By the way, the reason many of the bloodtests come back with false negatives is because you have to have total villous atrophy (or something darn close to that!) before the antibodies can escape into the bloodstream (which further bolsters Wangen's claim that many people have non-celiac gluten intolerance rather than celiac disease and that's why it is so often missed in labwork). It doesn't mean your symptoms are any less real or devastating; just means that you don't have celiac disease (villous atrophy) per se.
....


I was under the impression that the antibodies were attacking the villi leading to the atrophy not that the atrophy allowed the release of the antibodies. I'll admit that I don't understand a lot of the technical stuff and Wikipedia should be looked at with a little skepticism but their article seems to support my impression. Most articles I found in other sources just said the villi get damaged in response to gluten consumption without really describing the mechanism.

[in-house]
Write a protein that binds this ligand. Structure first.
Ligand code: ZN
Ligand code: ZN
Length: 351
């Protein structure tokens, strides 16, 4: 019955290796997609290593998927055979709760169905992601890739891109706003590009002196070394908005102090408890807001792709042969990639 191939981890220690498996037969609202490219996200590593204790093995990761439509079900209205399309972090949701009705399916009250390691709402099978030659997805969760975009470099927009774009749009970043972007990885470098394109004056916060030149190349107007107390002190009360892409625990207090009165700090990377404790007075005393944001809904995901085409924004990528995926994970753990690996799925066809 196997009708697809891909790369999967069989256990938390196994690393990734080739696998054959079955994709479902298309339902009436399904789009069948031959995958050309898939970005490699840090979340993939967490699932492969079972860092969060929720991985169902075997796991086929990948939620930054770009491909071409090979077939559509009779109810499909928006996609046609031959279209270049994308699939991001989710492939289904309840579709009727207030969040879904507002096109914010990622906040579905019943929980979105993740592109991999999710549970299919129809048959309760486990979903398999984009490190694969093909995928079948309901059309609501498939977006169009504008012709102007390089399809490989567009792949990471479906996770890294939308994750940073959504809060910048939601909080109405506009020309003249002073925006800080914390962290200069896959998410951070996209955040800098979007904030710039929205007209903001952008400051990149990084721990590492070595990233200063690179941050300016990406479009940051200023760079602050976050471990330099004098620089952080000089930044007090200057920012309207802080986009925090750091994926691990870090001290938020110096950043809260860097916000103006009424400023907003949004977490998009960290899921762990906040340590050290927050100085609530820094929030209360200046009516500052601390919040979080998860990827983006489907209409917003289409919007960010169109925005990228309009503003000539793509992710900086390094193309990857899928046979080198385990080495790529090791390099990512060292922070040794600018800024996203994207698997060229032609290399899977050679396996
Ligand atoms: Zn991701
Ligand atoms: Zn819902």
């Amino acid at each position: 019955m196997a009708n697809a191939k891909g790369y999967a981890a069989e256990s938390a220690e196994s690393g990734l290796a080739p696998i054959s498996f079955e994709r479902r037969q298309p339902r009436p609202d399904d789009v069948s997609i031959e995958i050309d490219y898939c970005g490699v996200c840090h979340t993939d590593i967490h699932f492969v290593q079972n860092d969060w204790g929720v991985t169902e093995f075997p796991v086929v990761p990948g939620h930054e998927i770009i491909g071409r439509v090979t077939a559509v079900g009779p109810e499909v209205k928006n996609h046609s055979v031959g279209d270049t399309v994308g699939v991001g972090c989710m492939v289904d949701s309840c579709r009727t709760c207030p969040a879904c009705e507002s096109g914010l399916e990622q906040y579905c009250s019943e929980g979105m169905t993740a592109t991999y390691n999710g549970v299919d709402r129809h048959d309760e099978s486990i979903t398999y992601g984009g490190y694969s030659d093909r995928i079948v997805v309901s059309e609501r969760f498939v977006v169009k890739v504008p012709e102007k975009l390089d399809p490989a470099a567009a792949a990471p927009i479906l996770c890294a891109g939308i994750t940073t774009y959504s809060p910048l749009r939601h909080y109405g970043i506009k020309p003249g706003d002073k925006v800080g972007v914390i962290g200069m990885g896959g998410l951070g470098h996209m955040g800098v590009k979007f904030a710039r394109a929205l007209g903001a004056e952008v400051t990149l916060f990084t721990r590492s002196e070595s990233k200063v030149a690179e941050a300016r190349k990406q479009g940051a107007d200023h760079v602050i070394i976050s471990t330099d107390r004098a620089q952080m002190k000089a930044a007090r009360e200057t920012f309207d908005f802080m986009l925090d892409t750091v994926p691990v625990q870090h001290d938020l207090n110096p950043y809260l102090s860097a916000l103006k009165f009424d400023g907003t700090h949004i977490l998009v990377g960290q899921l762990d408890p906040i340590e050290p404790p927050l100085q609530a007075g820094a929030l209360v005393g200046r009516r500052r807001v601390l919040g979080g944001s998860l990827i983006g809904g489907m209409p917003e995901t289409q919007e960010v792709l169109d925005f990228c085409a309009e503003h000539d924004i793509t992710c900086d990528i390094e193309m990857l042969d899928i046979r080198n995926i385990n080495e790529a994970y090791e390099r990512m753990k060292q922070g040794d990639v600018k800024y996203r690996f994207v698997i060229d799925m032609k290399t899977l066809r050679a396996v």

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#7 tarnalberry

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Posted 25 August 2009 - 10:23 AM

I was under the impression that the antibodies were attacking the villi leading to the atrophy not that the atrophy allowed the release of the antibodies. I'll admit that I don't understand a lot of the technical stuff and Wikipedia should be looked at with a little skepticism but their article seems to support my impression. Most articles I found in other sources just said the villi get damaged in response to gluten consumption without really describing the mechanism.